The community types of the American Communities Project were created by analyzing demographic data — items including age, race, income, and education — but the counties themselves are geographic entities and those physical locations matter. Some places are arid, some are rainy. Some are flat and largely empty, tailor-made for agriculture, others face unique environmental challenges.
To explore how those physical realities tie into demographic and cultural differences, the ACP is working with the University of Maryland’s (UMD) Department of Geographical Sciences on a grant from NASA’s Earth Science Applications: Equity and Environmental Justice program to examine how experiences of environmental distress over time interact with other socioeconomic challenges on tribal lands. The ACP/UMD team aims to identify how environmental justice (EJ) issues may contribute to social distress and premature mortality in American communities. The focus for the work will be Native American Lands communities in Montana.
The effort, which is being led by Dr. Julie Silva from the University of Maryland, springs from work the ACP did on Deaths of Despair and, in particular, that phenomenon in Native American Lands communities in Montana.
The economists Anne Case and Angus Deaton coined the term “deaths of despair” to refer to premature mortality caused by suicide, alcohol, and drug use in America. They found these deaths to be steadily increasing since 1999 among middle-aged White Americans without a college degree, a stark contrast to declining mortality rates among Black and Hispanic Americans. But the ACP’s analysis of the data showed Native American communities in particular faced much higher than average Deaths of Despair since the epidemic grew in the 2000s. The chart below shows the Deaths of Despair across the community types in Montana from 1999–2018
With the new grant, the ACP and Silva’s team will combine publicly available Earth Science information (ESI) — environmental data from equipment such as remote sensors — with the socioeconomic data the ACP has gathered to find areas where environmental hardship may contribute to (and result from) forms of socioeconomic distress that are linked to Deaths of Despair in Native American Lands counties.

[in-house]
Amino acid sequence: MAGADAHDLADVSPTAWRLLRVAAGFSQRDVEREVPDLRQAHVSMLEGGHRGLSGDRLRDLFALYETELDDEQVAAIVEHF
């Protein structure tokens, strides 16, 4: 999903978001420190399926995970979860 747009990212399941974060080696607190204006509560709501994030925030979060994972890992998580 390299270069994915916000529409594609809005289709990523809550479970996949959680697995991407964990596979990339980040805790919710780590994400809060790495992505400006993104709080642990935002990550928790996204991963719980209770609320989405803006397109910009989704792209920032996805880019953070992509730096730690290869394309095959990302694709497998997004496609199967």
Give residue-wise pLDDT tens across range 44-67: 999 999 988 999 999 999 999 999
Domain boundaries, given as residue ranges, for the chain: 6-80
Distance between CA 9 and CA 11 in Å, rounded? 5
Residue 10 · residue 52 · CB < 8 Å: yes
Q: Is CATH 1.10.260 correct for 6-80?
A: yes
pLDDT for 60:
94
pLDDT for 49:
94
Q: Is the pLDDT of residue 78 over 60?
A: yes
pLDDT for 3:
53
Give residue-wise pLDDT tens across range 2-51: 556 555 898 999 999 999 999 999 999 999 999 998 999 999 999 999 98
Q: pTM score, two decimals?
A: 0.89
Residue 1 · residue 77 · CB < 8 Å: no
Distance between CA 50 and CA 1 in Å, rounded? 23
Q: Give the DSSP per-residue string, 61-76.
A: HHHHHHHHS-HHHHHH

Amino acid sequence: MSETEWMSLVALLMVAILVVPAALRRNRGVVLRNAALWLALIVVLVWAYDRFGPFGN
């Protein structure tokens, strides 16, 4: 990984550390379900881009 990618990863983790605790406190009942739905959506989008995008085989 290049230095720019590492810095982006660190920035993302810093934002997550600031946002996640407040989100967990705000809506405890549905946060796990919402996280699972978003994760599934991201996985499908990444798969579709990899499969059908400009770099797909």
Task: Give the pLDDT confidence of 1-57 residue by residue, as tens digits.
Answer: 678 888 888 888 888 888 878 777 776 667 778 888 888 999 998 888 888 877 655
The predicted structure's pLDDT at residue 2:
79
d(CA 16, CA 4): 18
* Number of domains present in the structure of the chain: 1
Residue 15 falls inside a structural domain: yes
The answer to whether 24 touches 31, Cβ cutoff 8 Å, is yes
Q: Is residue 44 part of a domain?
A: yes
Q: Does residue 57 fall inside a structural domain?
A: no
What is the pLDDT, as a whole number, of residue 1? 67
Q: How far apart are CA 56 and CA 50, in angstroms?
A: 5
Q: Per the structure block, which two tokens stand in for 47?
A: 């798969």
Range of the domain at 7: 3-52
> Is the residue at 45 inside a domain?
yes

Those counties, in particular, are places where the ties between community, identity, and the natural environment are especially strong and where environmental justice challenges are many. However, as in other research on American Deaths of Despair, no environmental data was used in the ACP analysis, an omission the project aims to address.
The group will merge the environmental and socioeconomic data, looking for correlations and building visualizations to show potential impacts and areas needing further study. They will also compare the patterns and dynamics observed within and between Native American Lands as well as with other community types in the ACP typology.
The team will then go further, taking what they learn from that analysis out into the field in Native American Lands counties in Montana to see what those data look like in the real world and how the communities are addressing the challenges they face.
The project will further NASA’s goal to advance EJ in underserved American communities through the use of publicly available ESI by 1) enhancing existing methodologies to document environmental inequities and their impacts on human well-being and; 2) developing new insights into the dynamic intersections between EJ challenges and socioeconomic struggles. Collaborative efforts between social and Earth scientists and ACP journalists with an expertise in relaying complex information to non-technical audiences will enable the research team to communicate project findings to the general public. In addition to being published in academic journals, the project’s findings will appear on the ACP website as well as other outlets affiliated with project partners.